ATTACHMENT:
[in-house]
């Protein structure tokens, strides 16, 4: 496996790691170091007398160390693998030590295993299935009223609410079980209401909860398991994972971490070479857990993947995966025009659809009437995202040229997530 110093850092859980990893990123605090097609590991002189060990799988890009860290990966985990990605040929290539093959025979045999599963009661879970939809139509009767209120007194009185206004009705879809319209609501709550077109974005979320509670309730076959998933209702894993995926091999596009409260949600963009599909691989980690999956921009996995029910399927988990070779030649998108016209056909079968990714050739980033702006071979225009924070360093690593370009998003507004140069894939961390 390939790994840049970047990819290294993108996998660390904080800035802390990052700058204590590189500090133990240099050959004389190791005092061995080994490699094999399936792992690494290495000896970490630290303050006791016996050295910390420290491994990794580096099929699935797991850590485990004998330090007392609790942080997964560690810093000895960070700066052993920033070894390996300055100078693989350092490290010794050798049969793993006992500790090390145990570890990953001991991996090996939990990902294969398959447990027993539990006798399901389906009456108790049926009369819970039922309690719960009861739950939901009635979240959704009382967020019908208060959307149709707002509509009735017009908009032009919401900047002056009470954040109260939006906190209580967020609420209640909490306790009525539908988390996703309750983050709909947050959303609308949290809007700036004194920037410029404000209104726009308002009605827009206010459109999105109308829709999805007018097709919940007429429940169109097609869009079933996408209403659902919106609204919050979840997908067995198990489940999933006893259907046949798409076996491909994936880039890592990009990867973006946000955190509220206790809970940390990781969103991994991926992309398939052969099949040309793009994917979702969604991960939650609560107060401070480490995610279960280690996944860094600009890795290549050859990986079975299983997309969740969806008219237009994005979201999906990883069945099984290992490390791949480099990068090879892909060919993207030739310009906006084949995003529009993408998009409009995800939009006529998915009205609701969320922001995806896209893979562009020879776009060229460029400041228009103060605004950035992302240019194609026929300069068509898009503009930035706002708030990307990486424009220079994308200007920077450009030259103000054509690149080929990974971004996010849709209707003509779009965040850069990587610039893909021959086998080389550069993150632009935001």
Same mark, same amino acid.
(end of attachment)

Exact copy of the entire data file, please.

[in-house]
């Protein structure tokens, strides 16, 4: 496996790691170091007398160390693998030590295993299935009223609410079980209401909860398991994972971490070479857990993947995966025009659809009437995202040229997530 110093850092859980990893990123605090097609590991002189060990799988890009860290990966985990990605040929290539093959025979045999599963009661879970939809139509009767209120007194009185206004009705879809319209609501709550077109974005979320509670309730076959998933209702894993995926091999596009409260949600963009599909691989980690999956921009996995029910399927988990070779030649998108016209056909079968990714050739980033702006071979225009924070360093690593370009998003507004140069894939961390 390939790994840049970047990819290294993108996998660390904080800035802390990052700058204590590189500090133990240099050959004389190791005092061995080994490699094999399936792992690494290495000896970490630290303050006791016996050295910390420290491994990794580096099929699935797991850590485990004998330090007392609790942080997964560690810093000895960070700066052993920033070894390996300055100078693989350092490290010794050798049969793993006992500790090390145990570890990953001991991996090996939990990902294969398959447990027993539990006798399901389906009456108790049926009369819970039922309690719960009861739950939901009635979240959704009382967020019908208060959307149709707002509509009735017009908009032009919401900047002056009470954040109260939006906190209580967020609420209640909490306790009525539908988390996703309750983050709909947050959303609308949290809007700036004194920037410029404000209104726009308002009605827009206010459109999105109308829709999805007018097709919940007429429940169109097609869009079933996408209403659902919106609204919050979840997908067995198990489940999933006893259907046949798409076996491909994936880039890592990009990867973006946000955190509220206790809970940390990781969103991994991926992309398939052969099949040309793009994917979702969604991960939650609560107060401070480490995610279960280690996944860094600009890795290549050859990986079975299983997309969740969806008219237009994005979201999906990883069945099984290992490390791949480099990068090879892909060919993207030739310009906006084949995003529009993408998009409009995800939009006529998915009205609701969320922001995806896209893979562009020879776009060229460029400041228009103060605004950035992302240019194609026929300069068509898009503009930035706002708030990307990486424009220079994308200007920077450009030259103000054509690149080929990974971004996010849709209707003509779009965040850069990587610039893909021959086998080389550069993150632009935001």
Same mark, same amino acid.